With building and contents insurance:

All repairs and reconstruction will be covered, along with a payout for rental income lost throughout the rebuilding period. “The amount that you spend to get good coverage is modest, and the premiums are tax deductible – so there is very little incentive to not get coverage,” Fraser says.

Life insurance and income protection

Life insurance provides insured persons, or their estate, with a pre-determined lump sum payout in the event of death or major personal injury.

This is important for investors, as it ensures that their financial obligations – including mortgage repayments on investment properties – continue to be met without placing a major financial burden on their family members.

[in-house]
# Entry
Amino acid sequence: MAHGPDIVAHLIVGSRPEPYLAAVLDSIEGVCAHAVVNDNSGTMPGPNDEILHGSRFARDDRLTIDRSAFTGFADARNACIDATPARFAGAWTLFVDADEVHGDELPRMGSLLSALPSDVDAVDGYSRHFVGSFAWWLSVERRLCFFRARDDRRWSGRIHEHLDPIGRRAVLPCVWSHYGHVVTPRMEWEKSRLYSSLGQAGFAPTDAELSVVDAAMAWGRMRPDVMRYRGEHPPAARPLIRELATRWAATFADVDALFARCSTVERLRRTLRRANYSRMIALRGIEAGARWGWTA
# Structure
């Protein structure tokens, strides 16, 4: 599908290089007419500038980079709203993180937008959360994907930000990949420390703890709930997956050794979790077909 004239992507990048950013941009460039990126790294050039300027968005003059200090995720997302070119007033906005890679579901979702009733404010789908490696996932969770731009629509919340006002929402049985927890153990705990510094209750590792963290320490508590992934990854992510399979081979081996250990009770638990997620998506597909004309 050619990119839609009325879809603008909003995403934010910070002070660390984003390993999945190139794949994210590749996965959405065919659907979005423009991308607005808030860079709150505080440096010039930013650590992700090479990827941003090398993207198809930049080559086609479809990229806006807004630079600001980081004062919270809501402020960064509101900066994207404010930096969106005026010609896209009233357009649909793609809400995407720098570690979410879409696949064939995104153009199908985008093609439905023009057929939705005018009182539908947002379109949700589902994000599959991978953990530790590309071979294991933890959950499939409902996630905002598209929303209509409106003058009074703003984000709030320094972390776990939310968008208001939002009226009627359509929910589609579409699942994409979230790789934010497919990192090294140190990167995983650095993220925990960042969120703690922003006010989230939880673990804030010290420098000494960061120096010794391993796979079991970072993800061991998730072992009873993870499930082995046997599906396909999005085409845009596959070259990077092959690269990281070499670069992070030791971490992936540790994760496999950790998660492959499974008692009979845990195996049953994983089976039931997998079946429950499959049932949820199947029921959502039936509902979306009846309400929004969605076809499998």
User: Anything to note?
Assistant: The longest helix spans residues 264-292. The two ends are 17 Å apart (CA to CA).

There are generally three types of life insurance coverage available:

  • Life insurance generally provides a lump sum payment in the event of death, or on diagnosis of a terminal illness where death is likely to occur within 12 months
  • Personal injury/critical illness cover pays a lump sum in the event that you suffer a sickness, injury or major physical impairment that means they are unlikely to ever be able to work again
  • Income protection provides a regular monthly income if you become disabled because of sickness or injury and are unable to work. It can also be available as a lump sum in the event that you suffer one of several pre-determined critical illnesses, such as cancer, heart attack, stroke, Parkinson’s Disease or Multiple Sclerosis

Note that coverage may be voided where the condition is a result of a self-inflicted injury.

Jonathan Poole, CEO of Allianz Australia Life Insurance, says that over half of the adult population doesn’t have adequate life insurance coverage, leaving their loved ones exposed to massive amounts of debt.

“We know six in 10 people with dependent children simply do not have enough life insurance to look after their families if something happened to them,” Poole says.